Atopic Dermatitis Treatments

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There is no single cure for atopic dermatitis. However, there are several measures and medications that may help relieve the symptoms of the condition and prevent flare ups of atopic dermatitis.

Many infants and children with atopic dermatitis may find that their symptoms ease as they grow into adulthood. There are several preventive measures such as avoidance of the known triggers, keeping skin moist and preventing scratching that can reduce the frequency and severity of atopic dermatitis flare ups.

Medications that are used to treat atopic dermatitis include:-

Emollients or moisturizers

Emollients or moisturizers help prevent dry skin. Atopic dermatitis causes skin to become dry and cracked. The moisturization helps prevent this dryness.

There is a layer of fatty acids that prevent the water being lost from the outer layer of the skin, and add water to the skin acting as a protective barrier to keep the moisture in the skin and to prevent exposure to irritants.

Several different emollients are available that can be bought over the counter. Ointments are suitable for very dry skin while a cream or lotion is for less dry skin.

Emollients for face and hands are different for those used over the body. Emollients may also be added to bath water.

Most adults and children with atopic dermatitis require large amounts of emollients to keep their skin moist and prevent drying. The most common side effect of using emollients is stinging.

Topical Corticosteroids

Corticosteroids are used over skin as ointments, lotions or creams. Topical corticosteroids are used in terms of a standard unit called the fingertip unit (FTU). A single FTU is the amount of cream that covers an adult’s finger tip. This amount is sufficient for treatment of an area as big as an adult hand.

Corticosteroids work by reducing skin inflammation. Topical corticosteroids are available as different preparations and strengths. The mild ones include hydrocortisone and moderate ones include clobetasone butyrate. Severe cases may require stronger agents.

Corticosteroids need to be applied as prescribed. In moderate to severe cases they may be prescribed between two flare ups as well.

Topical corticosteroids may cause a mild burning or stinging when applied. Over long term use they may cause thinning of the skin, visible blood vessels underneath, increased hair growth and acne.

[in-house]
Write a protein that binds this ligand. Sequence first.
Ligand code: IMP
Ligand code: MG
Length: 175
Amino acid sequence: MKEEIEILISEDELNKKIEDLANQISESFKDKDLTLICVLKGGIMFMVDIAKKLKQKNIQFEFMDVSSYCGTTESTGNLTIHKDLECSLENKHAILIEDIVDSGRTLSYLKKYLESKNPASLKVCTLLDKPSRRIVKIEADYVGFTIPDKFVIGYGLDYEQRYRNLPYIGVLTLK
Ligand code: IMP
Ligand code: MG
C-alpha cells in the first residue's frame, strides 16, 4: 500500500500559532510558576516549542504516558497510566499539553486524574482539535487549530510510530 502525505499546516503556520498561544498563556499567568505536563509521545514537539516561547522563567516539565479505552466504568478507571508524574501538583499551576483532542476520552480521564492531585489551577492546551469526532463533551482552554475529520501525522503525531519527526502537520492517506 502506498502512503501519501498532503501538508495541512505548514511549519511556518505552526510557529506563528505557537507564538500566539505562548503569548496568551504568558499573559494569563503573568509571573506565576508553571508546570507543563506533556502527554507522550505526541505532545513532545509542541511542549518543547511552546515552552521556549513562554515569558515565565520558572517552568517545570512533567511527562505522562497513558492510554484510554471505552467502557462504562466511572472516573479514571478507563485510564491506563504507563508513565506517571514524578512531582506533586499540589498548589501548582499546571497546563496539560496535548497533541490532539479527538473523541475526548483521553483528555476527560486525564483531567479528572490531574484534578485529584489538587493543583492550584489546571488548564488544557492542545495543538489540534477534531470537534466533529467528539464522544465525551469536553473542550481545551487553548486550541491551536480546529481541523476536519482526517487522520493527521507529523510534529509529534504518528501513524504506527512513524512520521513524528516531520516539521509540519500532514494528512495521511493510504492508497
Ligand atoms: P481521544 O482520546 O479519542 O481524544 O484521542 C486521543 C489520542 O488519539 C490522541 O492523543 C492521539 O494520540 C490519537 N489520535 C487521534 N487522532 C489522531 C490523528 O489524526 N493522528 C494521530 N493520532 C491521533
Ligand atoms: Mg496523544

Antihistamine medications

Antihistamine medications are prescribed to relieve itching. Earlier used agents caused severe drowsiness. Nowadays low sedating agents like loratadine, terfenadine, acrivastine and cetirizine are prescribed.

Oral corticosteroids

In severe flare ups when topical or locally applied corticosteroids fail to provide relief oral corticosteroids may be added. Commonly used agent is oral prednisolone pills. These may be prescribed to be taken once a day for one to two weeks.


When the dermatitis areas are infected, antibiotics are prescribed. These are usually prescribed orally but may also be prescribed topically or to be applied locally as creams, ointments and lotions to prevent and treat infections.

Oral antibiotics commonly used include flucloxacillin, which is usually taken four times a day for seven days.

For those allergic to penicillin other agents such as erythromycin (four times a day for seven days) or clarithromycin (twice a day for seven days) may be prescribed.

Immunological suppressors

Immunological suppressors like topical calcineurin inhibitors, such as pimecrolimus and tacrolimus are prescribed in severe cases. They suppress the local immunity and prevent allergic reactions leading to flare ups.


This is the first choice in patients with severe atopic dermatitis. A drug is administered to optimize the uptake of the phototherapy. Beams of UV-B (ultraviolet B) radiation of 311 nm wavelength are used.

Further Reading

Last Updated: Jun 16, 2023

Dr. Ananya Mandal

Written by

Dr. Ananya Mandal

Dr. Ananya Mandal is a doctor by profession, lecturer by vocation and a medical writer by passion. She specialized in Clinical Pharmacology after her bachelor's (MBBS). For her, health communication is not just writing complicated reviews for professionals but making medical knowledge understandable and available to the general public as well.


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